Editorial: Recuperation and recreation
There's a great deal to be said for a well-savoured aftermath.
Or even anti-climax.
The Mayan Apocalypse has passed in one of two modes: either safely ignored or relegated to mock-scare status.
After which, a rather more consequential Christmas has come and gone with most of us suffering nothing worse than dietary mishaps.
So now calm descends?
Well, things might yet be a tad frenetic for those Boxing Day bargain hunters who haven't yet had their fill of shoulder-to-shoulder shopping.
Or for those whose children have gift certificates that couldn't possibly wait another day to be redeemed.
Or for those luckless wretches who find themselves working. Sucks to be them.
But most of us have now entered what should be, at least in some measure, a time of rest and recreation.
Today is a foretaste of that. A day to exhale, kick back, and perhaps enjoy a sense of companionship.
Done right, Boxing Day is like a sifted Christmas Day, with many of the yuletide's benefits still intact, but more than a few of the stresses filtered out.
A day less burdened by expectations. The easier, downhill bit.
We are also entering a time of year when it is important to enjoy, and crucial to look after, your families. They are the most important thing you've got.
So sad, then, that Invercargill police were called to 29 domestic violence incidents between Friday and Christmas Eve. We are not entitled to assume that each one of those was necessarily a reflection of the pressures of the season but there was a dismal sense of plausibility, bordering on inevitability, when police confirmed that by their tally each and every one was alcohol related.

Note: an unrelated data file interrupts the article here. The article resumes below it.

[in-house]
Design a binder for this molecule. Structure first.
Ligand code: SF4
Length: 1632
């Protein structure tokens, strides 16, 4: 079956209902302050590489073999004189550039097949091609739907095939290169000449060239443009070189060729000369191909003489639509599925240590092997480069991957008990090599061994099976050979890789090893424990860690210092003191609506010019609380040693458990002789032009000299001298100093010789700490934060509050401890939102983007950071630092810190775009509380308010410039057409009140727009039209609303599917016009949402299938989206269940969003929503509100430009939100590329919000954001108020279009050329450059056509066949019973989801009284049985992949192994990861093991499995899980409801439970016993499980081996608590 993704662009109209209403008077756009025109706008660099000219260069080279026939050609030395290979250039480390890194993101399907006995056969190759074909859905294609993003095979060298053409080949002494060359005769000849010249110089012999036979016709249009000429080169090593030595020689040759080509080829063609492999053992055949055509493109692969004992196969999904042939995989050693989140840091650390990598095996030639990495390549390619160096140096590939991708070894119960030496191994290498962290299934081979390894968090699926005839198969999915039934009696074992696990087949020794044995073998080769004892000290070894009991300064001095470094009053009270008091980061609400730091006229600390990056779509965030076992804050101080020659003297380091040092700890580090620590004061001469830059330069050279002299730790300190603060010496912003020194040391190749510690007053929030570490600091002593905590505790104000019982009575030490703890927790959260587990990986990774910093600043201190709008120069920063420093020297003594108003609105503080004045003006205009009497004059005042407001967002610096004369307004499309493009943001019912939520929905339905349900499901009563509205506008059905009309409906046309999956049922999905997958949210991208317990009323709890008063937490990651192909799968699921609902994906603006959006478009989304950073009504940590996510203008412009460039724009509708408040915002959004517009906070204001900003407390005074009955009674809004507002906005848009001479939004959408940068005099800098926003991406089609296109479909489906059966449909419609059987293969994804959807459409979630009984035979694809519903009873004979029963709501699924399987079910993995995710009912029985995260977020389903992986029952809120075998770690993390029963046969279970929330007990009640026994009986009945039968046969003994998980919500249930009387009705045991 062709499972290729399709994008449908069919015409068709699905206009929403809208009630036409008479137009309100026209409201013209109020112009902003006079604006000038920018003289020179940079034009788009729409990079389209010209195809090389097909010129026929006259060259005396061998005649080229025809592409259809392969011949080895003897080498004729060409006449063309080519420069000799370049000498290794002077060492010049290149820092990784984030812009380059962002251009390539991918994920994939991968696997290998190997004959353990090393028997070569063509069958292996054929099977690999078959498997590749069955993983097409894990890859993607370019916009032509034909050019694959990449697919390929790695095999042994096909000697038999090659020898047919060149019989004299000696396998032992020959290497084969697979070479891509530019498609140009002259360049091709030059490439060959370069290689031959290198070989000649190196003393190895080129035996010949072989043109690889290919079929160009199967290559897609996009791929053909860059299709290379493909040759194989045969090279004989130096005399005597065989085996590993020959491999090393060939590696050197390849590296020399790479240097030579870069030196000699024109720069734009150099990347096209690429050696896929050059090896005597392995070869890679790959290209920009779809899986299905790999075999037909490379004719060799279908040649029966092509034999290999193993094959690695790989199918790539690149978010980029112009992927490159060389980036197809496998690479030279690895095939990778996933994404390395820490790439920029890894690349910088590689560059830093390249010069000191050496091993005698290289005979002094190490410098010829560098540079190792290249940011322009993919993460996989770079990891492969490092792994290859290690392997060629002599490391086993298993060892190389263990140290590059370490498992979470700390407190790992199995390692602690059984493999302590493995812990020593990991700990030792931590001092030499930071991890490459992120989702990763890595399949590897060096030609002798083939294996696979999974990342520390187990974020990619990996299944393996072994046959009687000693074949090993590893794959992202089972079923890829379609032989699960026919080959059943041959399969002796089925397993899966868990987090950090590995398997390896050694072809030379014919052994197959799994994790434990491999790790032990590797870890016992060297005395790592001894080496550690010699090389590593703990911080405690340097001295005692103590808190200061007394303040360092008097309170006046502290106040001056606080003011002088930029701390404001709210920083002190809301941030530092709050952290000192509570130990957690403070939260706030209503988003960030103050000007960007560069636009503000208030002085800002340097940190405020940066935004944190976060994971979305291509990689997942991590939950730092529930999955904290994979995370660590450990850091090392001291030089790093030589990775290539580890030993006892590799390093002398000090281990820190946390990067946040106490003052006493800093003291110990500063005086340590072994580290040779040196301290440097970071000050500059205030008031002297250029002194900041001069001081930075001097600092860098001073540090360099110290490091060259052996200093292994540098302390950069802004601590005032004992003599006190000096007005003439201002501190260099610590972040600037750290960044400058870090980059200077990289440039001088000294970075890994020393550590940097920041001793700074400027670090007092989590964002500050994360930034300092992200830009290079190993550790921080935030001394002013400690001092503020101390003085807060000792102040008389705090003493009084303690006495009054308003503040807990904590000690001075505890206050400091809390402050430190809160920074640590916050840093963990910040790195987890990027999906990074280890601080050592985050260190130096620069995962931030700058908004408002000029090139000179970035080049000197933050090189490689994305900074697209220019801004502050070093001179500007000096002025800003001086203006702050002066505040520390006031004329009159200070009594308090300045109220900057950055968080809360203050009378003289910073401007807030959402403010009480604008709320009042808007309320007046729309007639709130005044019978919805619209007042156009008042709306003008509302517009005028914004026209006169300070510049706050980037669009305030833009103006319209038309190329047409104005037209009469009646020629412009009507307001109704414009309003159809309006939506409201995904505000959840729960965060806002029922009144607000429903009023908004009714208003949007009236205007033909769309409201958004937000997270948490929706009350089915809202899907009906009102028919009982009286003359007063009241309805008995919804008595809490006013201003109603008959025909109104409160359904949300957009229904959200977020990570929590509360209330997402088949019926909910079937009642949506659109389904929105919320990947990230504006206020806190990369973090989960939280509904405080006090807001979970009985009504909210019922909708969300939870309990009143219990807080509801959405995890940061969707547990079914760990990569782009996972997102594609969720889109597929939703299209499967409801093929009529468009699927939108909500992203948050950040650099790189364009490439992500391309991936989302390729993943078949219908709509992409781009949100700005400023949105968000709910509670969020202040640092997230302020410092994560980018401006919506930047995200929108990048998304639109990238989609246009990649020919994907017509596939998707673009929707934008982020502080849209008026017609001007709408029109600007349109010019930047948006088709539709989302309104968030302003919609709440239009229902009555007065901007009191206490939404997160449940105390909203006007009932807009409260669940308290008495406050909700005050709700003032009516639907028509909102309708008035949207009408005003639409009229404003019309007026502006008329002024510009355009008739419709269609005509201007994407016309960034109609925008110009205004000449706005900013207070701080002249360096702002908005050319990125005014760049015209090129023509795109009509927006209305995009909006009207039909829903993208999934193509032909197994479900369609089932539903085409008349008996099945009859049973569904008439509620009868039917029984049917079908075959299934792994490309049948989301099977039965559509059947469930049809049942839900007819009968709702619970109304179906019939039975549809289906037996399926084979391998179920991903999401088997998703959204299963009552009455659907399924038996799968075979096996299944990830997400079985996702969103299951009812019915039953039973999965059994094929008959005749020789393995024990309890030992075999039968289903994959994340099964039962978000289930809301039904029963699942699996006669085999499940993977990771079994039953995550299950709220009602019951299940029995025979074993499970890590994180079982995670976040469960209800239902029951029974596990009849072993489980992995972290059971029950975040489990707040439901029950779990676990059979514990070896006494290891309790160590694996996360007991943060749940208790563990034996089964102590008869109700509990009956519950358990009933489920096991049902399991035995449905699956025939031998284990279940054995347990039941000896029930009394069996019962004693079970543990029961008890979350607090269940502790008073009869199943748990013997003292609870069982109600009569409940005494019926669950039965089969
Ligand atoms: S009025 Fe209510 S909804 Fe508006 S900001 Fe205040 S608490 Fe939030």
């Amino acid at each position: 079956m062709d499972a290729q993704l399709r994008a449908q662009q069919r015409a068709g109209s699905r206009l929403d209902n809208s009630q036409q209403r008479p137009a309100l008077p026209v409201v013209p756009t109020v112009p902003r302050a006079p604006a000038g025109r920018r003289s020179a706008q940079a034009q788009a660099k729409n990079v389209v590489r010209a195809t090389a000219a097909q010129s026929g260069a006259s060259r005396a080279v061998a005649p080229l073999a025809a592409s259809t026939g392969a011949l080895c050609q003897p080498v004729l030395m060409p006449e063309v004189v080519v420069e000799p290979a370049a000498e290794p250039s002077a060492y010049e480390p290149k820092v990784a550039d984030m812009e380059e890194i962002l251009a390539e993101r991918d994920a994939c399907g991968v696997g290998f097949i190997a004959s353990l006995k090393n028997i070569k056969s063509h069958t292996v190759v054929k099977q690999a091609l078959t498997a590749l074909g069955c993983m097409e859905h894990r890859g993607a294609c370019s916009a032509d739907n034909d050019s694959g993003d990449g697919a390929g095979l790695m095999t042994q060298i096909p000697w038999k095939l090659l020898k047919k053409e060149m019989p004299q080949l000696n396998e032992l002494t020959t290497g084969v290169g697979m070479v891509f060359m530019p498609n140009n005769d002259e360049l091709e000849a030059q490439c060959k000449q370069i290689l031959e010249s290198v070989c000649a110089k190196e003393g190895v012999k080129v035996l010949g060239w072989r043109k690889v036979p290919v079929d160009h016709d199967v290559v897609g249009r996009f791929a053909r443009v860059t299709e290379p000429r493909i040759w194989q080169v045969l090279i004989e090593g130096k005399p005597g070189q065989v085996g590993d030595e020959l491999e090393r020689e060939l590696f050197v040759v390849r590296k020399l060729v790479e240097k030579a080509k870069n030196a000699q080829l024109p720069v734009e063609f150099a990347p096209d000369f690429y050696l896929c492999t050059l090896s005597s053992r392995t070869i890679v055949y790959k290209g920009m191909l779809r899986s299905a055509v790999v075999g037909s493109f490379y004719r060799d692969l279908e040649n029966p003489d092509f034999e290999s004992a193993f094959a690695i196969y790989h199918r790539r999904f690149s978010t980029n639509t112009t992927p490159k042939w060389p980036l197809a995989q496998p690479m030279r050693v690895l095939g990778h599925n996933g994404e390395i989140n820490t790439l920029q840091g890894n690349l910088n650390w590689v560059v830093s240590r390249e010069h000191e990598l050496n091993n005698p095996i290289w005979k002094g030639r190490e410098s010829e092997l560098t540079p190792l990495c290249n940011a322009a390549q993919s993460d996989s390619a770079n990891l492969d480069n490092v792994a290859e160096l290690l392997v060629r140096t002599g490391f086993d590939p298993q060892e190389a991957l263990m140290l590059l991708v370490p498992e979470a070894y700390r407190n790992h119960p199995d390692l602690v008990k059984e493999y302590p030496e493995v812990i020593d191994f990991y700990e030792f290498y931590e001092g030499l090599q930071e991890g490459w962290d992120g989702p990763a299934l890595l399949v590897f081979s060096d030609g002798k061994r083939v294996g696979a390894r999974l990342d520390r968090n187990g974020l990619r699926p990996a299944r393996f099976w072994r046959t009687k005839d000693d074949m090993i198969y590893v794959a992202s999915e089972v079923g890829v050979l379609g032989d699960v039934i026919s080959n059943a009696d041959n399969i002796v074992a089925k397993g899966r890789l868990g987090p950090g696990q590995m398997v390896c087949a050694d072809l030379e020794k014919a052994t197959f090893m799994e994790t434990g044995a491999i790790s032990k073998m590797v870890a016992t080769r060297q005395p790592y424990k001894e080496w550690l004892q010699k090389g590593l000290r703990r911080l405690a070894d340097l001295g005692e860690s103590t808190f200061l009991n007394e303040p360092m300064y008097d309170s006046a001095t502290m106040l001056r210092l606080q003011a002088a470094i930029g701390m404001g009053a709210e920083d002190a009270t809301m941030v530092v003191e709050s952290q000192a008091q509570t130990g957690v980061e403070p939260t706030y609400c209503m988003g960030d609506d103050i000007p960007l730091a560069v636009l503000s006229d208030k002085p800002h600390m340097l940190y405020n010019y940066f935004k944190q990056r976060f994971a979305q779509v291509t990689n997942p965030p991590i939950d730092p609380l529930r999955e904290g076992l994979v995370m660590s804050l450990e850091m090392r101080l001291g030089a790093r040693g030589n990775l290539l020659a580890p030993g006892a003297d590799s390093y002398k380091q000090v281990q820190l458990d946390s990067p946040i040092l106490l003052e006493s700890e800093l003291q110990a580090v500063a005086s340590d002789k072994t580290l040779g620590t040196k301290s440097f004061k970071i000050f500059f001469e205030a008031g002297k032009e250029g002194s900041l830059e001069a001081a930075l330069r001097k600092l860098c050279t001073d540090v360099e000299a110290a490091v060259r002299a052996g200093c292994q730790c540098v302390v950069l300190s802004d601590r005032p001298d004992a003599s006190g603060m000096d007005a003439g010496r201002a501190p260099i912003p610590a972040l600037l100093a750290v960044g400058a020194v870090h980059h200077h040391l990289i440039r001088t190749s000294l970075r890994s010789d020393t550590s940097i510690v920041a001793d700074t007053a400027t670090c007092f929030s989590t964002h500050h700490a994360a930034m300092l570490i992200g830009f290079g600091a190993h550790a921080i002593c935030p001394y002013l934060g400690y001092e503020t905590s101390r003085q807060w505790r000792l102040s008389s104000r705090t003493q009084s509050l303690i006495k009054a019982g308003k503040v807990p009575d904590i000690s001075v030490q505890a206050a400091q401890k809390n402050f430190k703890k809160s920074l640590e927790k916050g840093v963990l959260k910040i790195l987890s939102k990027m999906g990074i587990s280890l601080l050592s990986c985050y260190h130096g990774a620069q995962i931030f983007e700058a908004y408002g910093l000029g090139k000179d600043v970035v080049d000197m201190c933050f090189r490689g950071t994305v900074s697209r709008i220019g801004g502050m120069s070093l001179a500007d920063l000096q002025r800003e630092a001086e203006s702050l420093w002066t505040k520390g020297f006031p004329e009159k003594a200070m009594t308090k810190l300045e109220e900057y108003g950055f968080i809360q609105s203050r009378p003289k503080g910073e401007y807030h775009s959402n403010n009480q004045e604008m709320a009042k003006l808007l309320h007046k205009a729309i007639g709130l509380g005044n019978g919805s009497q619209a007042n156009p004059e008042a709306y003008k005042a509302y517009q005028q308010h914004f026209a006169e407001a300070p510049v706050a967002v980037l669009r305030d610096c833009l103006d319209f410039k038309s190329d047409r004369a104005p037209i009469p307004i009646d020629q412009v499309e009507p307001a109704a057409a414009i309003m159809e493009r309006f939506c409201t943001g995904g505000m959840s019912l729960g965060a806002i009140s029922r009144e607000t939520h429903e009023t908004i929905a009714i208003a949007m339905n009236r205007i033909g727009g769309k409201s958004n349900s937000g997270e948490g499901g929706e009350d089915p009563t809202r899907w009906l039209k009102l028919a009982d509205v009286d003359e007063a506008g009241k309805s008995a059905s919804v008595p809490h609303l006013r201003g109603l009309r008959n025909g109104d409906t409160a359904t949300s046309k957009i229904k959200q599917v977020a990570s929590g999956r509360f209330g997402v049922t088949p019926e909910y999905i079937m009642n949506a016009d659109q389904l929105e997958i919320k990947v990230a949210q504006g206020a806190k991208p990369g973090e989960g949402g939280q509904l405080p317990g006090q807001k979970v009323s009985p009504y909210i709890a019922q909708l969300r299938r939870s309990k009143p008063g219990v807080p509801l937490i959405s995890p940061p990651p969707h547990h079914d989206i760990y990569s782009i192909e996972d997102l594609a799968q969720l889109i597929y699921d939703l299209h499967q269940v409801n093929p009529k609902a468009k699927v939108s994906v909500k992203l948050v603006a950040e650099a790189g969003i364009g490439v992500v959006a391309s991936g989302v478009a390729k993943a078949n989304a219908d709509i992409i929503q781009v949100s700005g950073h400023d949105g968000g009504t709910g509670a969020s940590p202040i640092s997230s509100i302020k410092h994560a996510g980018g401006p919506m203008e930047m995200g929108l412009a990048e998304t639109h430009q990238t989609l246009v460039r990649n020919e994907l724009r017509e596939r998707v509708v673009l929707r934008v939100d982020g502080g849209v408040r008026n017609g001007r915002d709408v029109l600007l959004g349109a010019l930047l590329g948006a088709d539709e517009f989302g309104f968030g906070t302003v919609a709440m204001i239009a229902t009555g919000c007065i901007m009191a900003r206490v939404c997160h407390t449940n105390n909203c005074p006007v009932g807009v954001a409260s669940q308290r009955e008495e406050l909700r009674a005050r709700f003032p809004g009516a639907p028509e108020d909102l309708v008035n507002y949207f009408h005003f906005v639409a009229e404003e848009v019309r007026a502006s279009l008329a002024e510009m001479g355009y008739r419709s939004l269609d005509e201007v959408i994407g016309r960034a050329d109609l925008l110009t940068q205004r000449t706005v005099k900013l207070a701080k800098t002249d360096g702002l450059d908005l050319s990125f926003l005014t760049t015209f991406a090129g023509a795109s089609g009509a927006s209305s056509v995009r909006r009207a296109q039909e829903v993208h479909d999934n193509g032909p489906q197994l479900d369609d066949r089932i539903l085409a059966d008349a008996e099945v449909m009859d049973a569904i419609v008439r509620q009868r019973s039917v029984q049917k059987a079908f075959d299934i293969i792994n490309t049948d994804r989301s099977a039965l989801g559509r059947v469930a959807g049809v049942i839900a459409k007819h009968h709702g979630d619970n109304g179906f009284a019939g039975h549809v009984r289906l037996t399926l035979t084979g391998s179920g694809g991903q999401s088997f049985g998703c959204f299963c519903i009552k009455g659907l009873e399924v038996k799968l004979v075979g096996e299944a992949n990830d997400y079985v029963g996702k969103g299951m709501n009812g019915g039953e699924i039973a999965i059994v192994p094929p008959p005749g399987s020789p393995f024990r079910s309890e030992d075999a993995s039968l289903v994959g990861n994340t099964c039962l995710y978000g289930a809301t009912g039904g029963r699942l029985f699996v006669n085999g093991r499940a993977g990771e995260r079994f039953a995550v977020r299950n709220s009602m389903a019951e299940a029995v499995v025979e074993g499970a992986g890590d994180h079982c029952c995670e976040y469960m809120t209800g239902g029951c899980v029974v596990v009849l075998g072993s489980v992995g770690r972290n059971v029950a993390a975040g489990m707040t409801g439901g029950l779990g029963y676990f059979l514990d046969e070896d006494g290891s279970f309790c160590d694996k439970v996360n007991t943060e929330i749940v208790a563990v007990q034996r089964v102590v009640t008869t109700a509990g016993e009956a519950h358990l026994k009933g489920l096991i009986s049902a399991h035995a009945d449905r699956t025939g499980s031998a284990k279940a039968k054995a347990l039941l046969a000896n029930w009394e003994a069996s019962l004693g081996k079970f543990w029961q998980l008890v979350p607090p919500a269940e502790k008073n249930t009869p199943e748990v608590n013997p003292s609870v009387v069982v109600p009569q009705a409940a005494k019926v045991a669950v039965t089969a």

As many families enter a time of recreation, the seasonal encouragements for caution are as justified now as ever they were.
Just about everyone agrees about the need to take care of the roads during the holidays. The problems come when easy words like "care" need to translate into practices that are rather harder to deliver.
Like the practical patience of planning journeys with plenty of rest breaks.
Then, once on the road, the challenge so often becomes finding fortitude in the face of the exasperations that other people's bad driving may evoke, without letting it spark indulgent bursts of bad driving on our part.
Then there's the water.
It positively glistens with the promise of recreational pleasure. By all means answer the call. Just remember that in the midst of all the frolicking fun, it can still drown you, or your loved ones, just as dead as the darkest most storm-tossed Southern Ocean or North Atlantic storm.
Our bush and mountaintops are also powerful and legitimate attractions; less muddy and icy this time of year, but still hugely unforgiving on a slip or a fall.
So a little respect would appear to be in order.
The Southland Times